Thursday, February 2

Dodgers’ seven-run inning helps Andrew Heaney sweep Reds, stretch win streak to six

There was a bloop single. Two walks. Three doubles. Six total hits. And a carousel around the bases.

By the time the fourth inning was over Sunday, the game effectively was too, the Dodgers riding a seven-run outburst against Cincinnati Reds starter Tyler Mahle to a 9-1 win at Dodger Stadium.

The victory was the sixth in a row for the Dodgers (7-2), who completed their second consecutive series sweep by following a familiar formula: They got good pitching, with starter Andrew Heaney striking out 11 over six scoreless innings; and their lineup came alive for one big frame, sending 11 batters to the plate during a relentless fourth.

The onslaught began with a soft single from Freddie Freeman, followed by a walk from Trea Turner. Max Muncy drove them in with a double into the right-field corner. After an infield single by Justin Turner, Will Smith lined a double to left to make it 3-0.

Mahle, who had given up only one hit the first three innings, retired Cody Bellinger for the first out. But then Chris Taylor shot a double up the middle for another pair of runs, Gavin Lux walked, and Freeman drove in two more with his second single of the inning.

It was the Dodgers’ highest-scoring inning of the season, but hardly their first time scoring in bunches. They’ve now plated at least three runs in an inning in seven of nine games. And they’ve scored at least five runs in an inning five times.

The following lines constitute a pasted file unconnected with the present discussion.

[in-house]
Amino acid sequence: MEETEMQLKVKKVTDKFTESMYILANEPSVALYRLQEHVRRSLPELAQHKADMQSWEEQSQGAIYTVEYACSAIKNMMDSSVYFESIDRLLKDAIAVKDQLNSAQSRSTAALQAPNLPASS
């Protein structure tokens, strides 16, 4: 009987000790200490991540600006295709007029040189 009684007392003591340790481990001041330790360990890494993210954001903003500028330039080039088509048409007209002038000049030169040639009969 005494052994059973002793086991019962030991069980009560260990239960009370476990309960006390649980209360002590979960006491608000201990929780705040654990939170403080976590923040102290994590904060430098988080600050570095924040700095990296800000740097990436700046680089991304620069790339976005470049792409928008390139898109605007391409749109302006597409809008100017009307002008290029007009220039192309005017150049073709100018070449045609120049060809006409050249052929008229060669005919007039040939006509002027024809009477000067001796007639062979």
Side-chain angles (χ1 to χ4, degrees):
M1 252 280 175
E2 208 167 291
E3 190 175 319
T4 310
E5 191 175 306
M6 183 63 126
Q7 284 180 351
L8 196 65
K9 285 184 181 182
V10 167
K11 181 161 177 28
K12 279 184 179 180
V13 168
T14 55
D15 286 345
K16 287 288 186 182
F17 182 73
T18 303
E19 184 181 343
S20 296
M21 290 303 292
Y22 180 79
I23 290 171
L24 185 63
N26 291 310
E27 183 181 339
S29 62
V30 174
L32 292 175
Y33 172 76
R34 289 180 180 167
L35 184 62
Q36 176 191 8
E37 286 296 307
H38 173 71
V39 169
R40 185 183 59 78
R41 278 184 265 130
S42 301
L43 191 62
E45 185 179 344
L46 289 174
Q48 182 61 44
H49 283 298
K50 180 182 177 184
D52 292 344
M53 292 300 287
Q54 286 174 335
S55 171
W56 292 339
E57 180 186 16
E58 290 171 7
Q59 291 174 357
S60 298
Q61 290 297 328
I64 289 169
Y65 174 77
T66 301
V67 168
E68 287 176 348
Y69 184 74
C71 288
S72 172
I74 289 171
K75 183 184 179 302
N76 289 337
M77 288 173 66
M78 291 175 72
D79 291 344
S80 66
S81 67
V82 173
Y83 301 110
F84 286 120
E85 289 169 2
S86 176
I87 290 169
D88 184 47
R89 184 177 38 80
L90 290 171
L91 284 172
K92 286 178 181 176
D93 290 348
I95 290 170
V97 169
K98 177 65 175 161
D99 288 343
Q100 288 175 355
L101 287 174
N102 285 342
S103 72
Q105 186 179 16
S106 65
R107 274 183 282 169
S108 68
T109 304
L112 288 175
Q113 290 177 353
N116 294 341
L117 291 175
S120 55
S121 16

The Reds (2-8) conversely have scored as many as five runs in just four games. And Sunday, they didn’t come close.

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In his second start as a Dodger, Heaney looked dominant again. His new slider was sharp, getting whiffs on 14 of 22 swings. He was efficient, throwing 56 of 89 pitches for strikes. And he gave the Reds little breathing room, recording his most strikeouts since August 2019 while giving up only three walks and one hit.

The bullpen salted away the final three innings, giving up the only run on a Tyler Naquin single in the eighth — an inning that could have been worse if not for a smooth first-base-to-home-plate double play turned by Freeman, who also led the way offensively by going four for five with three RBIs.

Stiffer tests soon await the Dodgers. After blowing past the rebuilding Reds and Minnesota Twins this past week, they will host the Atlanta Braves for three games starting Monday, facing the team that eliminated them from the postseason last year en route to winning the World Series.

Manager Dave Roberts downplayed the significance, resisting the temptation to call it a measuring-stick matchup.

“When you face a really good ballclub in the Braves, it’s always people trying to say it’s a litmus test or barometer,” Roberts said. “But I think that it’s a good ballclub that we’re trying to win a series [against].”

The Dodgers haven’t played a legitimate contender yet, but they have a formula that seemingly would work against anyone — resulting Sunday in the most complete performance of their impressive start to the season.

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